I’m not sure, really. I saw Warrior at Portsmouth when Mum took me there as a little person and I was fascinated at the meeting of two worlds – iron armour on teak, propeller that could be lifted out of the water for sail power, rifled breech-loaders in Napoleonic gun decks. It’s quintessentially Victorian as a combat vessel, the link between old-world tall ships and industrial iron. But now… it’s just a big, obsolete, useless ship that never saw actual combat, an evolutionary step rather than a revolution, and no longer really interests me.
You have the power to make one ship non-existent. Choose from #10 or #12. (Bismarck, RMS Titanic)
Titanic, I suppose.
Which ship do you prefer, #2 or #4? (HMS M1, HMS Terror)
Difficult. They both appeal in the same way – a normally proportioned early-20th century vessel, plus a ridiculously outsized gun. Probably the Terror, because she had an actual service history and was a functional warship rather than a confused, sad experiment. Also, she served in the Zeebrugge raid, alongside HMS Manley.
What interests you about #14? (Yamato)
Because unlike the other military object of all weeaboo worship nonsense, the katana, and almost alone in the generally lamentable Japanese WW2 military hardware, it was actually a decent weapon.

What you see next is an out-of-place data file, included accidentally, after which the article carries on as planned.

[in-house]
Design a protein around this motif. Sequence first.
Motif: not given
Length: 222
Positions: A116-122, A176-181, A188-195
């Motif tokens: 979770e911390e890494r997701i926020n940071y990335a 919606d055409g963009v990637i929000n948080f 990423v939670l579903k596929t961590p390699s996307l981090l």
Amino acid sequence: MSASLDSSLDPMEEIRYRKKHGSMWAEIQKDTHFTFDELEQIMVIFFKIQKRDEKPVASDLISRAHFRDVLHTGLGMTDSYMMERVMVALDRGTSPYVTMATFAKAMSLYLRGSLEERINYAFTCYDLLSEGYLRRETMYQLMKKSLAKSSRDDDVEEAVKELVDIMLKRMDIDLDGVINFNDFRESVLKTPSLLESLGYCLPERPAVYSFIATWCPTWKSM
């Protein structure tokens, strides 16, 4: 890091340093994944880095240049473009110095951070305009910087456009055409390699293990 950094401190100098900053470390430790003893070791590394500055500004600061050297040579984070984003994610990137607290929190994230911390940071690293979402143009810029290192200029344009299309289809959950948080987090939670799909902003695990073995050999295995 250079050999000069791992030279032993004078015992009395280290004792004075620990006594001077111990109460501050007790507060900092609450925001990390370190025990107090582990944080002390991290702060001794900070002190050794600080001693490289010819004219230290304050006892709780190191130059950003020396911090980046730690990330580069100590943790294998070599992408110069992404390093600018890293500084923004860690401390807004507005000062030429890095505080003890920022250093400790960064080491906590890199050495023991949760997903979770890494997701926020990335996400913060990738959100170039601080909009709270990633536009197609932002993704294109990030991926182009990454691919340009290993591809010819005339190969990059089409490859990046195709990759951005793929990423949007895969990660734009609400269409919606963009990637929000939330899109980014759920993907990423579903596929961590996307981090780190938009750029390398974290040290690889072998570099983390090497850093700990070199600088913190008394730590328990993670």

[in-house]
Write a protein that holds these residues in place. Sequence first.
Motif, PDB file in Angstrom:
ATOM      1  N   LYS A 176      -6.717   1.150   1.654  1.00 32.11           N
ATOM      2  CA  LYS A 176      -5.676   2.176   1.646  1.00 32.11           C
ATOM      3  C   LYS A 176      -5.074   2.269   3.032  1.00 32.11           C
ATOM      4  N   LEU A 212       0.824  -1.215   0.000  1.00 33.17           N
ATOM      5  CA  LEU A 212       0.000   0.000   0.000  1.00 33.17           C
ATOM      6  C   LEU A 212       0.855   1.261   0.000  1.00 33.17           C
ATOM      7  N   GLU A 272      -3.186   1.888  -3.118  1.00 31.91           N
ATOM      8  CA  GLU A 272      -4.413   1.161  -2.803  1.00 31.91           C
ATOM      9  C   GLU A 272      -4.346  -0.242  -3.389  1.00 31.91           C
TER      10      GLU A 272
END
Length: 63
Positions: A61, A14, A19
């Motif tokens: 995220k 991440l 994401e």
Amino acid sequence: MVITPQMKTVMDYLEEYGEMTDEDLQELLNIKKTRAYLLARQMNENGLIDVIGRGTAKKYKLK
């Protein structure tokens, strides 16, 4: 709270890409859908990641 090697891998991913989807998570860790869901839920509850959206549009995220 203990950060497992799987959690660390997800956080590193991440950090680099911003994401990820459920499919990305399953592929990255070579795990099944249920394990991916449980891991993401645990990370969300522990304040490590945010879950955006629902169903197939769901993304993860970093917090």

Why did you stop liking #7? (HMS Dreadnought)
About the same reasons as Warrior. An amazing design and you can see its influence in ships after it for decades, but the ship itself never did much except ram some poor bastard U-boat that was in the wrong place at the wrong time, and was made obsolete fast.
Did your waning interest in #9 kill your interest in the show? (CSS Hunley//US Civil War)
Not really; it was the first taste of US Civil War maritime combat I got, in one of Muriel’s Big Books of Ships, and sparked an interest for more that hasn’t changed even with the realisation that the Hunley was a sordid, futile deathtrap that got lucky once and took far too many men to their graves.
If you could have any of these two ships double-date, who would it be?
Any counterfactual nerd would go for Bismarck and Yamato tag-teaming in a heartbeat, but I think the Terror and the M1, for sheer top-heavy artillery. One which looked like it could punch way above its weight, one which actually could.
Has #2 kissed yet? (HMS M1)
Kissed a Swedish collier in 1925, lost with all hands.
Did #4 have a happy ending? If the show hasn’t ended yet, do you think a happy ending is likely? (HMS Terror)
Bombed in 1941 after a long, illustrious career. Better than the breaker’s yard, I suppose?
What would make you start shipping #13? (SMS Emden)
Knowing more about the Imperial German Navy.
If only one could happen, which would you prefer, #2 or #6? (PS Waverley, HMS M1)
Waverley is a childhood memory and I can still sail on it today, M1 was a tragedy due to confused design specs and doomed from the beginning. Waverley.
You have the power to decide the fate of #10. What happens to them? (Bismarck)
Same as the Tirpitz, spends the whole war in a fjord and gets smacked by Tallboys.
Which of these ships do you love the most?
PS Connaught. That vessel is just aesthetically perfect.
…five from around WW1, four from around WW2, four from the 1860s and one anomaly. Hmm.